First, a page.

Goessl C, Muller M, Heicappell R, Krause H, Miller K (2001) DNA-based detection of prostate cancer in blood, urine, and ejaculates. Ann N Y Acad Sci 945:51–58CrossRefGoogle Scholar
  21. 21.
    Wisniewski JR, Zougman A, Nagaraj N, Mann M (2009) Universal sample preparation method for proteome analysis. Nat Methods 6:359–362CrossRefGoogle Scholar
  22. 22.
    Boersema PJ, Raijmakers R, Lemeer S, Mohammed S, Heck AJ (2009) Multiplex peptide stable isotope dimethyl labeling for quantitative proteomics. Nat Protoc 4:484–494CrossRefGoogle Scholar
  23. 23.
    Albarbarawi O, Barton A, Lin Z, Takahashi E, Buddharaju A, Brady J, Miller D, Palmer CN, Huang JT (2010) Measurement of urinary total desmosine and isodesmosine using isotope-dilution liquid chromatography-tandem mass spectrometry. Anal Chem 82:3745–3750CrossRefGoogle Scholar
  24. 24.
    Benjamini Y, Hochberg Y (1995) Controlling the false discovery rate: a practical and powerful approach to multiple testing. J R Stat Soc B 57(1):289–300Google Scholar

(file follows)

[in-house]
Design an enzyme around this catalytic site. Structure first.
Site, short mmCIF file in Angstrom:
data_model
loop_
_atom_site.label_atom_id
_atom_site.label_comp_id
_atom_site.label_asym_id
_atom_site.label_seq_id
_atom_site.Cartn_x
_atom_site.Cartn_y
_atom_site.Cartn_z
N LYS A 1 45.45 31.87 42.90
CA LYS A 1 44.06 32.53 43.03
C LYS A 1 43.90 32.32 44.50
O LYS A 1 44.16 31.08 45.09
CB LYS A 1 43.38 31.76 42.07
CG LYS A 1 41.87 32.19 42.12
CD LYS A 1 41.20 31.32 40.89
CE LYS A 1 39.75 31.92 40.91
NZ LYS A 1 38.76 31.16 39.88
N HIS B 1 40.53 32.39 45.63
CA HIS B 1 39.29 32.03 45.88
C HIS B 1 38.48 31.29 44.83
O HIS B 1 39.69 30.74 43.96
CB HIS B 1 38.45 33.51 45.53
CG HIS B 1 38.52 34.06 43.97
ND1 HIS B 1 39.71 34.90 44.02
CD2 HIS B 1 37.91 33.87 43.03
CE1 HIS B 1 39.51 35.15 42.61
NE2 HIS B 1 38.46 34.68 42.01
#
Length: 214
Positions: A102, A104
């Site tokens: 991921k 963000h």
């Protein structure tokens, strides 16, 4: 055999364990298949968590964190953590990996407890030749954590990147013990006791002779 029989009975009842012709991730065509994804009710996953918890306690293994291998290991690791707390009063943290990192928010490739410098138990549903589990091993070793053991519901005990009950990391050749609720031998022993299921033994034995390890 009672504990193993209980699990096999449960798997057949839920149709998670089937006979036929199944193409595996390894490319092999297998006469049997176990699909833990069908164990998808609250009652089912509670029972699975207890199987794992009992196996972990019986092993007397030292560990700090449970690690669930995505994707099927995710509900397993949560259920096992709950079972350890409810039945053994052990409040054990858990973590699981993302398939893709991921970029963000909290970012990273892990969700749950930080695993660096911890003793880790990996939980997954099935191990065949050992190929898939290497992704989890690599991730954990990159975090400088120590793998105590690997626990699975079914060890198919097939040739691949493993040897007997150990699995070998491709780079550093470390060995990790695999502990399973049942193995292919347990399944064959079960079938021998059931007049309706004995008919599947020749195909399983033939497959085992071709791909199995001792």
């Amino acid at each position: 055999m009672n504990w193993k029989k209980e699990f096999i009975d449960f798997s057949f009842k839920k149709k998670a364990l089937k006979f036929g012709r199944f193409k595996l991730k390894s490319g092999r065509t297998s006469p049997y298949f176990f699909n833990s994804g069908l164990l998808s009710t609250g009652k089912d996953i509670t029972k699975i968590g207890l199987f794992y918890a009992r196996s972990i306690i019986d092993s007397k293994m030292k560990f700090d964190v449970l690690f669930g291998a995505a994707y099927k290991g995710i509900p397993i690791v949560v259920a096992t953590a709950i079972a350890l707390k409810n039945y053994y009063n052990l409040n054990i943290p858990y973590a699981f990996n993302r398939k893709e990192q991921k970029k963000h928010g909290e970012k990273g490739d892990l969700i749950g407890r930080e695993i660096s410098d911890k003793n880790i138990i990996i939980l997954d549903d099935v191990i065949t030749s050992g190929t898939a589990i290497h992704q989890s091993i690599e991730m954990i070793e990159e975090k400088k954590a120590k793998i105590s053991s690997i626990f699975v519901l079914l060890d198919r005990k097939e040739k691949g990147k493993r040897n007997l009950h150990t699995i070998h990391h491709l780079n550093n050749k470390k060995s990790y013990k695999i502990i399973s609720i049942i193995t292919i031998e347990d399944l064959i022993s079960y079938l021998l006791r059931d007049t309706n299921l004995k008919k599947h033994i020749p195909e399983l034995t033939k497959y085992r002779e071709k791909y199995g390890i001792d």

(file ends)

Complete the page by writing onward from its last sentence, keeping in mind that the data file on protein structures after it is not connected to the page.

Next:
25. 25.
    Atrih A, Mudaliar MVA, Zakikhani P, Lamon D, Huang TJ, Bray SE, Barton G, Fleming S, Nabi G (2014) Quantitative proteomics in resected renal cancer tissue for the discovery of biomarkers and pathway profiling. Br J Cancer 110(6):1622–33CrossRefGoogle Scholar
  26. 26.
    Shi T, Gao Y, Quek SI, Fillmore TL, Nicora CD, Su D, Zhao R, Kagan J, Srivastava S, Rodland KD, Liu T, Smith RD, Chan DW, Camp DG 2nd, Liu AY, Qian WJ (2013) A highly sensitive targeted mass spectrometric assay for quantification of AGR2 protein in human urine and serum. J Proteome Res 13(2):875–82CrossRefGoogle Scholar
  27. 27.
    Lee SW, Lee KI, Kim JY (2005) Revealing urologic diseases by proteomic techniques. J Chromatogr B Analyt Technol Biomed Life Sci 815(1–2):203–13CrossRefGoogle Scholar
  28. 28.
    Craig AM, Bowden GT, Chambers AF, Spearman MA, Greenberg AH, Wright JA, McLeod M, Denhardt DT (1990) Secreted phosphoprotein mRNA is induced during multi-stage carcinogenesis in mouse skin and correlates with the metastatic potential of murine fibroblasts. Int J Cancer 46:133–137CrossRefGoogle Scholar
  29. 29.
    Rudland PS, Platt-Higgins A, El-Tanani M, De Silva RS, Barraclough R, Winstanley JH, Howitt R, West CR (2002) Prognostic significance of the metastasis-associated protein osteopontin in human breast cancer. Cancer Res 62:3417–3427Google Scholar
  30. 30.
    El-Tanani MK, Yuen HF, Shi Z, Platt-Higgins A, Buckley NE, Mullan PB, Harkin DP, Johnston PG, Rudland PS (2010) Osteopontin can act as an effector for a germline mutation of BRCA1 in malignant transformation of breast cancer-related cells. Cancer Sci 101:1354–1360CrossRefGoogle Scholar
  31. 31.